Frogtown Neighborhood Association
(FNA) has generated a geographic information systems (GIS) map of the 5,500-household district to help it more dynamically engage the community.
The local Flat Rock Geographics
helped it build the digital map, which was released in November following a couple of years of development, according to Tait Danielson Castillo, who leads the neighborhood group. “It’s about efficiency and organizing,” he says.
The map, which was made possible through a $20,000 grant from the McKnight Foundation
, allows FNA to quickly connect with people within a specific geographic area, including everything from information about who’s interested in gardening topics to crime statistics.
Most of the databases that neighborhood groups use are searchable only by person. “What we never thought about was how to categorize people based on interest and place of residence,” says Danielson Castillo.
The GIS map helps the organization get to the bottom of questions such as, “How many people would like to garden within 1,000 feet? How many water sources are nearby? How many vacant lots are within 1,000 feet?”
Some of the information has been manually entered in with the help of portable GPS devices, while other data may come from the city or county.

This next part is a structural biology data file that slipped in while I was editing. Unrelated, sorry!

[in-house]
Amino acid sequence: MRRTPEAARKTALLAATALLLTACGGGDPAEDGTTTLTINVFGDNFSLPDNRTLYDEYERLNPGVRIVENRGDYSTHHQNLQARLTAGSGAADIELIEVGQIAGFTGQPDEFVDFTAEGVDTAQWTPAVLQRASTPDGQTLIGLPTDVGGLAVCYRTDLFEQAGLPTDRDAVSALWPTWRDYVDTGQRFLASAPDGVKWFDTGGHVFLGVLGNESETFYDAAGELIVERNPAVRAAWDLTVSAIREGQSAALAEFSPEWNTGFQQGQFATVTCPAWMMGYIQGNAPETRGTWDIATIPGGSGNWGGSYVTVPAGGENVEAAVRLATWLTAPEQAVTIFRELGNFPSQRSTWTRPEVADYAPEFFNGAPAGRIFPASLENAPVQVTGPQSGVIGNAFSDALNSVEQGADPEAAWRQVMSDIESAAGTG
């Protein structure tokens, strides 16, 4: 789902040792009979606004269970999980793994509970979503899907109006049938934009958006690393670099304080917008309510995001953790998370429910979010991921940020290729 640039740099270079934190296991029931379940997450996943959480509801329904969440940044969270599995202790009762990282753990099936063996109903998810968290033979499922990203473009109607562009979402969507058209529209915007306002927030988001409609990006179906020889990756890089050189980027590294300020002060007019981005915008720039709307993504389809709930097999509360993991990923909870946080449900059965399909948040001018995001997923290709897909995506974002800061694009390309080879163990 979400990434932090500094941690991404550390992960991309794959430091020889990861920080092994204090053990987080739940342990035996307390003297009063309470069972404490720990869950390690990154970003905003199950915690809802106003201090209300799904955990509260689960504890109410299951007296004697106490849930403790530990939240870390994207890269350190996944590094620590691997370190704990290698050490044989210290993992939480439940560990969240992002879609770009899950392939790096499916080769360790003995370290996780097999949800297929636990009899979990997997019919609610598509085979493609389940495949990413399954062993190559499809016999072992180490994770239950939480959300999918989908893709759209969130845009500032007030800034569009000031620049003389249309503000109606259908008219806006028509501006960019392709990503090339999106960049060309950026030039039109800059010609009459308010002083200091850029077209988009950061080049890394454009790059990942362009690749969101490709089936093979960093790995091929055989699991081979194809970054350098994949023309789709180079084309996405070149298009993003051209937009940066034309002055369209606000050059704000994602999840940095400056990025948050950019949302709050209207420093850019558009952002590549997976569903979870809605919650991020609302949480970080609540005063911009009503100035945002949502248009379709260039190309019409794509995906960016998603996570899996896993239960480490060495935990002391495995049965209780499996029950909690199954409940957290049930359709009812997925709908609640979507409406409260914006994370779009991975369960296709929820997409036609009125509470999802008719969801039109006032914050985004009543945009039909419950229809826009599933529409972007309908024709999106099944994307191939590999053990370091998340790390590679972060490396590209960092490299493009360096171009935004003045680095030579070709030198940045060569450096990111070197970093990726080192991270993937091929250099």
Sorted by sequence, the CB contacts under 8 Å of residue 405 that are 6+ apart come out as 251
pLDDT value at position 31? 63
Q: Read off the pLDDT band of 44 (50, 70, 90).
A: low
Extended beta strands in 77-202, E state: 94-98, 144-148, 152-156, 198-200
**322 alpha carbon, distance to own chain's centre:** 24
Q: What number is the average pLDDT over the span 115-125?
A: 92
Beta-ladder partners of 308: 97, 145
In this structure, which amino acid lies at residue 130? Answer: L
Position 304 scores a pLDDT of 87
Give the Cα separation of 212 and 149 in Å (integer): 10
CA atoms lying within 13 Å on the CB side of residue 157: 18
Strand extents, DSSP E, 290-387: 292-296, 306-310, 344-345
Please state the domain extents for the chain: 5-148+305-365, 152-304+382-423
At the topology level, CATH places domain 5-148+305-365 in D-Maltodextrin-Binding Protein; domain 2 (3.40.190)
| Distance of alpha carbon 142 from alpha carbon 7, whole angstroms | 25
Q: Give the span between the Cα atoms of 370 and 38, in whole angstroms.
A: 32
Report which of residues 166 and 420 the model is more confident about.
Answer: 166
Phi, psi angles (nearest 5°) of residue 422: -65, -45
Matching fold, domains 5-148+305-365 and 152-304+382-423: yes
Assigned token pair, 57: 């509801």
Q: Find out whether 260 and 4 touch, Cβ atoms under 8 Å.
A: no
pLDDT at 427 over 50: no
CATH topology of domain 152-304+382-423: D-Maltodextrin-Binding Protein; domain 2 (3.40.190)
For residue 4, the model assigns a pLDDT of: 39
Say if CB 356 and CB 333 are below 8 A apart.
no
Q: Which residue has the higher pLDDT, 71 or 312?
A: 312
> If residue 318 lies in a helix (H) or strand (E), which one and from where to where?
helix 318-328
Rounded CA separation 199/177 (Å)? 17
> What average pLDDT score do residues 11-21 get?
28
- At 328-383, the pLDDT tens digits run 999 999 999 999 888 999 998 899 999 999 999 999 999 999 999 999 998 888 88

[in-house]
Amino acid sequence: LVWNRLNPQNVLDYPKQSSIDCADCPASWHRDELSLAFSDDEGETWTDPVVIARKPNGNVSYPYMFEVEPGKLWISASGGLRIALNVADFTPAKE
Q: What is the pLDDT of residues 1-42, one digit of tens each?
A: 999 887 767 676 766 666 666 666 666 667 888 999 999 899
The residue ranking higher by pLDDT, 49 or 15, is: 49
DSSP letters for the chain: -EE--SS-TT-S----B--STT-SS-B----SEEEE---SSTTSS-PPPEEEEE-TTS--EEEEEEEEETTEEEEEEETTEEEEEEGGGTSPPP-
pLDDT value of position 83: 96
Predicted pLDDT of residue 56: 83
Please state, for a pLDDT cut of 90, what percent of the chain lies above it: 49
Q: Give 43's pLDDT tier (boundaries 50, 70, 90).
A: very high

Danielson Castillo explains that it’s not about data mining, but freeing up time to make meaningful face-to-face connections. “It’s about the follow-up after we get people connected to the neighborhood organizations,” he says. “The system is only as powerful as the relationships that we build.”
Already, the system has had an impact. For example, when the city realigned the sewer system on Thomas Avenue, FNA used the map to connect with non-native English speakers, which helped avoid a potentially disastrous situation.
Within a 24-hour period, Danielson Castillo was able to contact the street’s residents directly, sending translators where needed.
“The best system is still the phone or direct verbal contact. That’s still what we’re shooting for,” he says, adding that although social media are useful “We’re digressing in some ways, returning back to our roots and using technology at its best.”
The project’s next phase will involve maps that the public can use to learn more about current events, developments, public art projects, or the area’s history.
“We’re 90 percent sure that nobody else has used [the technology] this way,” he says. “No one else we know is using this on the community level.”
Source: Tait Danielson Castillo, director, Frogtown Neighborhood Association
Writer: Anna Pratt